Edna St. Vincent Millay: Steepletop

Posted by on Sep 26, 2017 in Unmowed Authors, Unmowed Blog | 0 comments

All I could see from where I stood

Was three long mountains and a wood;

I turned and looked another way,

And saw three islands in a bay.

So with my eyes I traced the line

Of the horizon, thin and fine,

Straight around till I was come

Back to where I’d started from…


Her poetry seemed so simple. Even a little kid could understand it. I remember the excitement I felt when I discovered Edna St. Vincent Millay’s poetry for the first time. She seemed to be reading my mind; I seemed to recognize her thoughts as my own.

I felt some of that recognition when I visited Steepletop, a wooded mountain in upstate New York, her home for twenty-five years. Yep, this is my house. Big old farmhouse, lots of room, no neighbors. A writer’s cabin off in the trees. An entire room filled with books, a cozy armchair under a lamp, and a sign that says SILENCE.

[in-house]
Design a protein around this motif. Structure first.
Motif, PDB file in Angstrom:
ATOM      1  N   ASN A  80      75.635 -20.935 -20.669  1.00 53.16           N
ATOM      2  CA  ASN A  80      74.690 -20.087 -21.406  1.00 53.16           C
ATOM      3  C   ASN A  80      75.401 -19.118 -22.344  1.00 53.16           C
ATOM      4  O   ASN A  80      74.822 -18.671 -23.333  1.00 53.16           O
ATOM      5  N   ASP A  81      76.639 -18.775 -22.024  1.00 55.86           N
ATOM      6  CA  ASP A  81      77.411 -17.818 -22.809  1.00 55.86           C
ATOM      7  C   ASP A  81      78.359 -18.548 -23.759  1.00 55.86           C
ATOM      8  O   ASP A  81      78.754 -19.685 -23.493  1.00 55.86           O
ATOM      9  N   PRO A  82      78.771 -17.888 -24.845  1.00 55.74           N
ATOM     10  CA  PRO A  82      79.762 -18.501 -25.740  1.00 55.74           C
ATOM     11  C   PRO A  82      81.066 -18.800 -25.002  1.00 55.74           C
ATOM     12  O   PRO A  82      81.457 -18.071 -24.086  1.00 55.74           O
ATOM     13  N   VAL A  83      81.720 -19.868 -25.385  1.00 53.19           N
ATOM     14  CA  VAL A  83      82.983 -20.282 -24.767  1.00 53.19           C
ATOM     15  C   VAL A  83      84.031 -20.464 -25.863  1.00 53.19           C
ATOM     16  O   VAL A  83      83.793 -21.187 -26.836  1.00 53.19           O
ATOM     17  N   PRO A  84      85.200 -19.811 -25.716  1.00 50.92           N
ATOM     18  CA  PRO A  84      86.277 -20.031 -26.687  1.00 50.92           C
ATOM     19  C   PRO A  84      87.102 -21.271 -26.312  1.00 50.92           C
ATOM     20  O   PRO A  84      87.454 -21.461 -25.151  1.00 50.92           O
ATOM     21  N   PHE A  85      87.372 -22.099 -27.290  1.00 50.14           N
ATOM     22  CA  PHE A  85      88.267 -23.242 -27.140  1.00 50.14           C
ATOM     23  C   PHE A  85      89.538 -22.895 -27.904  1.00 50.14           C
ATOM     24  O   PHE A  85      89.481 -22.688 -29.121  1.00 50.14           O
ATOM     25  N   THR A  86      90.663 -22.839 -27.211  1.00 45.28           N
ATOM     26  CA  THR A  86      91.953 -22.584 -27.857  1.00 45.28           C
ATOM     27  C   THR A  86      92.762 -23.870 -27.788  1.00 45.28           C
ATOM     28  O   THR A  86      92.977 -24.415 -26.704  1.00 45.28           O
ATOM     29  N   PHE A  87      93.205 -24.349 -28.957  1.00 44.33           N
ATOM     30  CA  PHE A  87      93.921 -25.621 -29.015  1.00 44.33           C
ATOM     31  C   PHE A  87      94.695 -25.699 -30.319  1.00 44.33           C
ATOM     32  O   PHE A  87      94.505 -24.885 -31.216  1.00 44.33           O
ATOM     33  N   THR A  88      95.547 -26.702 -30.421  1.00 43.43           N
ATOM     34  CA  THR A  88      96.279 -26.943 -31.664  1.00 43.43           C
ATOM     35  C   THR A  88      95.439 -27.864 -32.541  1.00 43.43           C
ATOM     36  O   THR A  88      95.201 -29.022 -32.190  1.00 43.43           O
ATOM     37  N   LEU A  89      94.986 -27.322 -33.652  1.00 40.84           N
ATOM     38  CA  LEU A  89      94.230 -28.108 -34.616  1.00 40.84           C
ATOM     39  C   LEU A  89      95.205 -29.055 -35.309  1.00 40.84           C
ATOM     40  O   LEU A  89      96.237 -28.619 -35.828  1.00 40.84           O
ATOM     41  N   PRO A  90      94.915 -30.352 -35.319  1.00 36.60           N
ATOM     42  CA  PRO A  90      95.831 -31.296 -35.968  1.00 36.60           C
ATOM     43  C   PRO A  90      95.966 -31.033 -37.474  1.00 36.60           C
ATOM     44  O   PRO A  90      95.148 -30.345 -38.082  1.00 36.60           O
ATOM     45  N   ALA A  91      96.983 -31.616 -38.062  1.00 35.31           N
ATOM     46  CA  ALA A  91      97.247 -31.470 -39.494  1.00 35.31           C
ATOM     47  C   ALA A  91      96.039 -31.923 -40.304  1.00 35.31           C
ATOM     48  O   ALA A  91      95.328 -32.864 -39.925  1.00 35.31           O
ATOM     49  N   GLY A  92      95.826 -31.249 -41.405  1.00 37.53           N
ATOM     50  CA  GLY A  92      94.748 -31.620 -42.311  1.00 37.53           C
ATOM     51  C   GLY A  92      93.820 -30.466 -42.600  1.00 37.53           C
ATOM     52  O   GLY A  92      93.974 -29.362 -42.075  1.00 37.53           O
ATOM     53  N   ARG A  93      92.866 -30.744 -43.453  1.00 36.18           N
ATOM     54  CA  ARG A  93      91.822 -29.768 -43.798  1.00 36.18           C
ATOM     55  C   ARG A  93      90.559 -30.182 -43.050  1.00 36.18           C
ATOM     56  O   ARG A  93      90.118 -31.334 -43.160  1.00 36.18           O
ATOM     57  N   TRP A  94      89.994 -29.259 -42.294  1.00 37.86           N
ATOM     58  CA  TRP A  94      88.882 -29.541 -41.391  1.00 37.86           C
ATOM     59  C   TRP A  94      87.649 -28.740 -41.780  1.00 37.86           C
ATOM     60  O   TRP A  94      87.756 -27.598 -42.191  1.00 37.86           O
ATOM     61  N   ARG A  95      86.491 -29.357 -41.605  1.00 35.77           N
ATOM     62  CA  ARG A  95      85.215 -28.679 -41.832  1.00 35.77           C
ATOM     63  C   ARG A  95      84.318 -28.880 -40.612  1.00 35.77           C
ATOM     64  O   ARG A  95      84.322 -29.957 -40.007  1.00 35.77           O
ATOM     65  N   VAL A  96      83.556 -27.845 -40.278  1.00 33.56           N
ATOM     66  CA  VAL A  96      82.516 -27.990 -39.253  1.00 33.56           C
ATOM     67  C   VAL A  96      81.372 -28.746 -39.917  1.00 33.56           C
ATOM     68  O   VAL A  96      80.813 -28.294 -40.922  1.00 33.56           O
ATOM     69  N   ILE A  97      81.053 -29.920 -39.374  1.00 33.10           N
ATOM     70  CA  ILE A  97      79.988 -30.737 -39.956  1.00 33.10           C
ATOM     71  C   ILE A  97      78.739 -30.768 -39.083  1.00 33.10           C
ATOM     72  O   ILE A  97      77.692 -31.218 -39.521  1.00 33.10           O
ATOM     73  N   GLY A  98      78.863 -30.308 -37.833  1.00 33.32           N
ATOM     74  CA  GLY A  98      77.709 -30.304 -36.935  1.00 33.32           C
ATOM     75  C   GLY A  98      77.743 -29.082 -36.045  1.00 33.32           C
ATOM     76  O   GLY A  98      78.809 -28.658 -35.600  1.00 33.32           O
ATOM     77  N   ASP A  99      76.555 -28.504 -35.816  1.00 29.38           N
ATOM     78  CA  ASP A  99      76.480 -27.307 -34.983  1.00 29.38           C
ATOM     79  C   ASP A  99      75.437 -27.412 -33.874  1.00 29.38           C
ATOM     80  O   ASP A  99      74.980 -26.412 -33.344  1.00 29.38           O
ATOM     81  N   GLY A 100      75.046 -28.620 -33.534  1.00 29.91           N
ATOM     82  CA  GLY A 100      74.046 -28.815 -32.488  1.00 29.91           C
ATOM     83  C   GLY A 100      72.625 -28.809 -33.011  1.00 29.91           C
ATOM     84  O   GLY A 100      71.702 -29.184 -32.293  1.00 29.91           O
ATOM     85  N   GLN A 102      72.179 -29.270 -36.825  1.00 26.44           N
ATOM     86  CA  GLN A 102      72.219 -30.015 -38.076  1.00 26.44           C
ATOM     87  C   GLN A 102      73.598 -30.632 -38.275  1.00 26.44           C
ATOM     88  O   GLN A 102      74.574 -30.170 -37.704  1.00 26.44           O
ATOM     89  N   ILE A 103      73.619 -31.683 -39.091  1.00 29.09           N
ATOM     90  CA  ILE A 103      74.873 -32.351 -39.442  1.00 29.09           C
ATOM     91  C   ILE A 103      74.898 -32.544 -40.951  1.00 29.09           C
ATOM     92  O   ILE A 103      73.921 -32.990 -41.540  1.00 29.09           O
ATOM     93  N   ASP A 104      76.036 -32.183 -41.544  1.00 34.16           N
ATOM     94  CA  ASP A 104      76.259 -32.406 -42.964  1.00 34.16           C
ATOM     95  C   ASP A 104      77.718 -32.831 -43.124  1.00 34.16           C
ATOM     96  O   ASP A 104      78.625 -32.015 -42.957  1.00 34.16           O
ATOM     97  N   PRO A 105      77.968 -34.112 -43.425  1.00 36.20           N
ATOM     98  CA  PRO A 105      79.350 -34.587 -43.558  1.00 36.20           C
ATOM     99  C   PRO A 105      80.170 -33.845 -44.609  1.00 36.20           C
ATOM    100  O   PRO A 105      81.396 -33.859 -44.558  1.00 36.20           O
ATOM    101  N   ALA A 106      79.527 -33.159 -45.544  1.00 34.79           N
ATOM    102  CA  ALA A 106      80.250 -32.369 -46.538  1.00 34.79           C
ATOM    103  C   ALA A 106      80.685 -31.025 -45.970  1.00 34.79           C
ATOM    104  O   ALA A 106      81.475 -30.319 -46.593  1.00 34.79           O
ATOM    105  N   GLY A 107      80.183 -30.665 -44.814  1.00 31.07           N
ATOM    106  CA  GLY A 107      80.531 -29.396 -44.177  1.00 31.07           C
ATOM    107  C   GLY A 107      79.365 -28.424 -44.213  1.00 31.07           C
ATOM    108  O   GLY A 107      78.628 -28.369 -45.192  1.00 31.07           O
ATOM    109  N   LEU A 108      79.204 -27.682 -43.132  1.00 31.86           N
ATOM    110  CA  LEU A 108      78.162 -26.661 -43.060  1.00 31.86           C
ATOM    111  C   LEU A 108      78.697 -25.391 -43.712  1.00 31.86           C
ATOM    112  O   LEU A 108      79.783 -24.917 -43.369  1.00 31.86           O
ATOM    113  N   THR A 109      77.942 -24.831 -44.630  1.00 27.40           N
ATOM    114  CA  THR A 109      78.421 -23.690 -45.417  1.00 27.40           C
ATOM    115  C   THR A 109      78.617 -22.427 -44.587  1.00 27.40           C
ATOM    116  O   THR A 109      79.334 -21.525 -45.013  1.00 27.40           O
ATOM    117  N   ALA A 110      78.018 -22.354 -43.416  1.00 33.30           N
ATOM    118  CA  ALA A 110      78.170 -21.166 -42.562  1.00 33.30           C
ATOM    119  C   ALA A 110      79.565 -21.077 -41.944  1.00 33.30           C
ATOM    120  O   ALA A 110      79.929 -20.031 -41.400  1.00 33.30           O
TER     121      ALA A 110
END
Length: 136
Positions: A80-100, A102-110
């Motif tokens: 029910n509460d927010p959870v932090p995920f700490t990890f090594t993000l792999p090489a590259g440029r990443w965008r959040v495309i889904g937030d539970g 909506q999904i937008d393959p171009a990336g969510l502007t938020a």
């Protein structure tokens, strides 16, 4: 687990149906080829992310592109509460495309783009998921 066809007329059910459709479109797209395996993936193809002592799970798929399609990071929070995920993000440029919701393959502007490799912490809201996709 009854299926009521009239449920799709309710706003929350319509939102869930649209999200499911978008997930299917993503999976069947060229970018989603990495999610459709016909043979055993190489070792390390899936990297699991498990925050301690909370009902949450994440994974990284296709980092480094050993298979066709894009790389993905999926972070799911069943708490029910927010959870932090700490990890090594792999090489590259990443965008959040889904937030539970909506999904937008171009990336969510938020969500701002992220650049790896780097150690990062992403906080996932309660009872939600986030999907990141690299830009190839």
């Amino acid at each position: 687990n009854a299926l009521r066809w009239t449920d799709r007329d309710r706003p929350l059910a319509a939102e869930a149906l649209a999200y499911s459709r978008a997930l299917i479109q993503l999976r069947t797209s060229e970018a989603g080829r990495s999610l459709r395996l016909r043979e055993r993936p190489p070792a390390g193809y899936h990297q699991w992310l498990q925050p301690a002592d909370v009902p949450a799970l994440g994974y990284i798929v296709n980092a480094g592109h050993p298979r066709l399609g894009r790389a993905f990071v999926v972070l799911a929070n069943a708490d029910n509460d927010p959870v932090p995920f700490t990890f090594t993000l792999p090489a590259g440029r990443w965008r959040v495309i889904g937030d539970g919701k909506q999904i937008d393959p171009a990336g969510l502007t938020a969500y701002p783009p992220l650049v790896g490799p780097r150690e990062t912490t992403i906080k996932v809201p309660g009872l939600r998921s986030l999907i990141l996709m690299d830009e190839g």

And outside, a garden.

I will be the gladdest thing under the sun

I will touch a hundred flowers

And not pick one

The gardens that surround the house are actually an extension of the house, in a way. Each garden is a unique space, with a different purpose, and she gave each one its own door. There’s the kitchen garden, the rose garden, the lie-in-the sun garden, the eat-breakfast-outside garden, the have a drink and go skinny-dipping garden, complete with spring-fed pool.

Beyond the gardens are acres of woods and fields—she and her husband owned the whole mountaintop. Her poetry is filled with these beautiful views, and with images of gardens, and of flowers, trees, moss, pinecones, and grass. Even in the troubled last years of her life she found joy and refuge in nature.

The world stands out on either side

No wider than the heart is wide;

Above the world is stretched the sky—

No higher than the soul is high.


Steepletop is preserved in all its beauty, as though the poet had just left the farm and would be back in a few minutes, by the Edna St. Vincent Millay Society.

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